Illinois State University Helps Women Become Cops

Jan 28, 2016
Department of Criminal Justice Sciences / Illinois State University

There are not a lot of female cops. Only 13% of police in the US are women. A program at Illinois State University is changing that, one cop at a time. WGLT's Jim Browne has the story.

On April 1, 1908, 48-year old Lola Baldwin was sworn in as a "female detective to perform police service" for Portland, Oregon. It's believed she was the first female law enforcement officer hired by an American city or town.

Charlie Schlenker

Mitsubishi Workers have not been taking great advantage of education workshops on worforce issues since the layoffs of about a thousand workers at the plant in Normal last year. But, Charlie Schlenker finds out there is a lot still being offered. Lindsay Thompson is a customized training coordinator at Heartland Community College.

Illinois Wesleyan University has snagged a $350,000 grant to increase student engagement. The issue is not new. But, Provost Jonathan Green says today's college students are more diverse, poorer, and have less family tradition of going to college than past generations.

The Mellon Foundation is offering the money to Illinois Wesleyan in Bloomington to develop new courses and teaching methods to reach the new model students. Green says faculty and administrators say they can also be better prepared to meet the intercultural needs of today's students.

Chicago Public Schools officials say they're sending layoff notices to 227 administrative employees and closing up nearly 200 positions that were already vacant. The nation's third-largest school district says 57 employees would be able to reapply for 35 positions. The district has been scaling back on administrative positions for months. Mayor Rahm Emanuel has said that his goal has been to ``protect the classroom'' from cuts as the district grapples with a more than $1 billion budget deficit.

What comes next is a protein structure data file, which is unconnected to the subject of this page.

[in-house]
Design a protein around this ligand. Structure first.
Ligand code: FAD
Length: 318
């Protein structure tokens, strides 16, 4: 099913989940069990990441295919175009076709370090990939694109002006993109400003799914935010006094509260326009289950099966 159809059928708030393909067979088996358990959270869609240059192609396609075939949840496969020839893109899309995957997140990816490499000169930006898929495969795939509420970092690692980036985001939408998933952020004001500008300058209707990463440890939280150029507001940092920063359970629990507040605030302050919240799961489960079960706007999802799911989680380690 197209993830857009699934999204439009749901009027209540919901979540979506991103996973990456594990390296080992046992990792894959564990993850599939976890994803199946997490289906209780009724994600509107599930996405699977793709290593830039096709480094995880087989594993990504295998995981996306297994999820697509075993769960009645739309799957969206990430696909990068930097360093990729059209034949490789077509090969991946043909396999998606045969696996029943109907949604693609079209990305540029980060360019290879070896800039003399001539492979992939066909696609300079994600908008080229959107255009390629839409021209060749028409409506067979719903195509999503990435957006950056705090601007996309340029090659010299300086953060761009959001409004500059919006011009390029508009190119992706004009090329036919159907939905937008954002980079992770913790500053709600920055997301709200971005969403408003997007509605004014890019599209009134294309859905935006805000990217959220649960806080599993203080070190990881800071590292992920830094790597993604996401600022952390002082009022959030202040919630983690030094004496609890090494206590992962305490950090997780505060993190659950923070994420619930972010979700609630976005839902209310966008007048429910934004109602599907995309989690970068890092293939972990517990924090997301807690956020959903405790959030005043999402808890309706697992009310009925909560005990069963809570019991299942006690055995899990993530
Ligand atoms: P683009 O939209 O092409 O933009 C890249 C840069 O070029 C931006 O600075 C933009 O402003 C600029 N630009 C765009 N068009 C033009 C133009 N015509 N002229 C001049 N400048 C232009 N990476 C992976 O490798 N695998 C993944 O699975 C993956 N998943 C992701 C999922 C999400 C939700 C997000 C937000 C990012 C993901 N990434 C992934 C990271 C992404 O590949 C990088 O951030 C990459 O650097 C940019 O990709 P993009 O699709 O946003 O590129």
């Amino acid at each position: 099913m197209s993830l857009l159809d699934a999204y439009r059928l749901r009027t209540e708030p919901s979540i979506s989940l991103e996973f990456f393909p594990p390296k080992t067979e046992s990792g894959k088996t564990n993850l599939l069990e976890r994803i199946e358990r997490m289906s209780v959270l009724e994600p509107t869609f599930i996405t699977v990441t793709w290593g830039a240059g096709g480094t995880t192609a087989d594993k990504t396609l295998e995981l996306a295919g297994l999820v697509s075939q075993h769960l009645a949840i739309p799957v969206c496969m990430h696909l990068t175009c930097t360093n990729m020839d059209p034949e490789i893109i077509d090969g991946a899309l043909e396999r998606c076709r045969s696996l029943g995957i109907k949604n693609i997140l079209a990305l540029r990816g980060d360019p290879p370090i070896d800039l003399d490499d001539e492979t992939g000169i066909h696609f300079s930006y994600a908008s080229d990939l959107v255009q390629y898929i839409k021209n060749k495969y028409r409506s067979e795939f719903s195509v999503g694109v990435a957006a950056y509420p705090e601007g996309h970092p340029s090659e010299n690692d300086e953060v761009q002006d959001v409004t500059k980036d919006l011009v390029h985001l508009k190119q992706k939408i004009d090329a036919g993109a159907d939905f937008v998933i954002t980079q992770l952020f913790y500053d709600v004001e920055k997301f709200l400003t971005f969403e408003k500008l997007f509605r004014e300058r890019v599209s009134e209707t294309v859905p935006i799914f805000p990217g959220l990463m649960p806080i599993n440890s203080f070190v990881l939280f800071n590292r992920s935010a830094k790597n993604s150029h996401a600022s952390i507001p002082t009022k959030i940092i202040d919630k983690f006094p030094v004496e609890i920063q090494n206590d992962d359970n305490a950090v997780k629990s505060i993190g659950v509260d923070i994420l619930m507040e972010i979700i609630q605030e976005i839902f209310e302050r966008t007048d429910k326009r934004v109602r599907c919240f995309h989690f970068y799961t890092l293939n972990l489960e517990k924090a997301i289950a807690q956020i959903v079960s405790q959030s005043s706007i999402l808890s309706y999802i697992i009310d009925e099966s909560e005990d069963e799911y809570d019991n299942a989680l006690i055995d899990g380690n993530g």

File / WGLT

The University of Illinois has now used 671 million dollars from its reserves to make up for a lack of state funding, due to the budget impasse in Springfield. That the word from U of I Chief Financial Officer Walter Knorr. He told U of I Trustees at their meeting in Chicago Thursday that the reserve funds spend include about 60-million dollars for the Monetary Awards Program, or MAP grants. For now, the university has taken care those grants for low-income students, but they could be asked to pay them back later. Knorr’s comments came on the same day Trustees voted to freeze tuition rates at current levels for the 2016-17 academic year. He says if there’s no state budget by May… the U of I needs to decides the future of those grants for the next fiscal year.

Illinois' nine public university presidents say in a letter to Gov. Bruce Rauner and legislative leaders that a failure to approve a budget soon could leave higher education damaged beyond repair. The letter says funds that have allowed several universities and community colleges to remain open through seven months of Fiscal year 2016 will soon run out and may result in closings. Officials of Chicago State University have said the school will run out of money in March.  

Taking the Bite out of Arthritis

Jan 19, 2016

Lack of Budget Worries Unit 5 Schools

Jan 19, 2016


Big changes will be coming in the way thousands of Bloomington Normal School children get to school. The Unit Five School district in McLean and neighboring Counties needs to cut a million dollars from its transportation line item to make next year's budget survivable. Charlie Schlenker talks with Superintendent Mark Daniel about the impossibility of making everyone happy no matter how the schedule gets rearranged.